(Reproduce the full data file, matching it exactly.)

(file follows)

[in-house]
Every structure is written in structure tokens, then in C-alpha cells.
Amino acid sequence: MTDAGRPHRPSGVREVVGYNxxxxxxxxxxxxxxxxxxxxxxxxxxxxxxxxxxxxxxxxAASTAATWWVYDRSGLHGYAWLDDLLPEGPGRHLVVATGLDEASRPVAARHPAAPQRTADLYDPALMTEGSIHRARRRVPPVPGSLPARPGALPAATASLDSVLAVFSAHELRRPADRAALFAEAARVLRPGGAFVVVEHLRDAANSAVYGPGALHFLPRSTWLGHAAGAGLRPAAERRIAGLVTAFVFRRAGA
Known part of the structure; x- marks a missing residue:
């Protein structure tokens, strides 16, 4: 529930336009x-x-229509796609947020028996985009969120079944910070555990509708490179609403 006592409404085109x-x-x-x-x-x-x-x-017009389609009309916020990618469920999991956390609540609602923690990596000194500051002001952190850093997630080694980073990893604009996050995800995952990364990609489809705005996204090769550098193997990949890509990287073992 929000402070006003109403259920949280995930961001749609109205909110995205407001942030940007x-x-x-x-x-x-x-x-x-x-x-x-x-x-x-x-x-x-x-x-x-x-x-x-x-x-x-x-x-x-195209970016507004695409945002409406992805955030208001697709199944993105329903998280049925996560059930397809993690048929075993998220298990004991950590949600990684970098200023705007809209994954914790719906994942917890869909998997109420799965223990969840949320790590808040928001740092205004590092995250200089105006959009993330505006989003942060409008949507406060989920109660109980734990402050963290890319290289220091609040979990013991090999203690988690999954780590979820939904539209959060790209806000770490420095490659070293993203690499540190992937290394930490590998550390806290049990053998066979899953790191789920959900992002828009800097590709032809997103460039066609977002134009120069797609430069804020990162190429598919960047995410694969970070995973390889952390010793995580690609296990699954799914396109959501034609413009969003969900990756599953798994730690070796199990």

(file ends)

[in-house]
Every structure is written in structure tokens, then in C-alpha cells.
Amino acid sequence: MTDAGRPHRPSGVREVVGYNxxxxxxxxxxxxxxxxxxxxxxxxxxxxxxxxxxxxxxxxAASTAATWWVYDRSGLHGYAWLDDLLPEGPGRHLVVATGLDEASRPVAARHPAAPQRTADLYDPALMTEGSIHRARRRVPPVPGSLPARPGALPAATASLDSVLAVFSAHELRRPADRAALFAEAARVLRPGGAFVVVEHLRDAANSAVYGPGALHFLPRSTWLGHAAGAGLRPAAERRIAGLVTAFVFRRAGA
Known part of the structure; x- marks a missing residue:
């Protein structure tokens, strides 16, 4: 529930336009x-x-229509796609947020028996985009969120079944910070555990509708490179609403 006592409404085109x-x-x-x-x-x-x-x-017009389609009309916020990618469920999991956390609540609602923690990596000194500051002001952190850093997630080694980073990893604009996050995800995952990364990609489809705005996204090769550098193997990949890509990287073992 929000402070006003109403259920949280995930961001749609109205909110995205407001942030940007x-x-x-x-x-x-x-x-x-x-x-x-x-x-x-x-x-x-x-x-x-x-x-x-x-x-x-x-x-x-195209970016507004695409945002409406992805955030208001697709199944993105329903998280049925996560059930397809993690048929075993998220298990004991950590949600990684970098200023705007809209994954914790719906994942917890869909998997109420799965223990969840949320790590808040928001740092205004590092995250200089105006959009993330505006989003942060409008949507406060989920109660109980734990402050963290890319290289220091609040979990013991090999203690988690999954780590979820939904539209959060790209806000770490420095490659070293993203690499540190992937290394930490590998550390806290049990053998066979899953790191789920959900992002828009800097590709032809997103460039066609977002134009120069797609430069804020990162190429598919960047995410694969970070995973390889952390010793995580690609296990699954799914396109959501034609413009969003969900990756599953798994730690070796199990």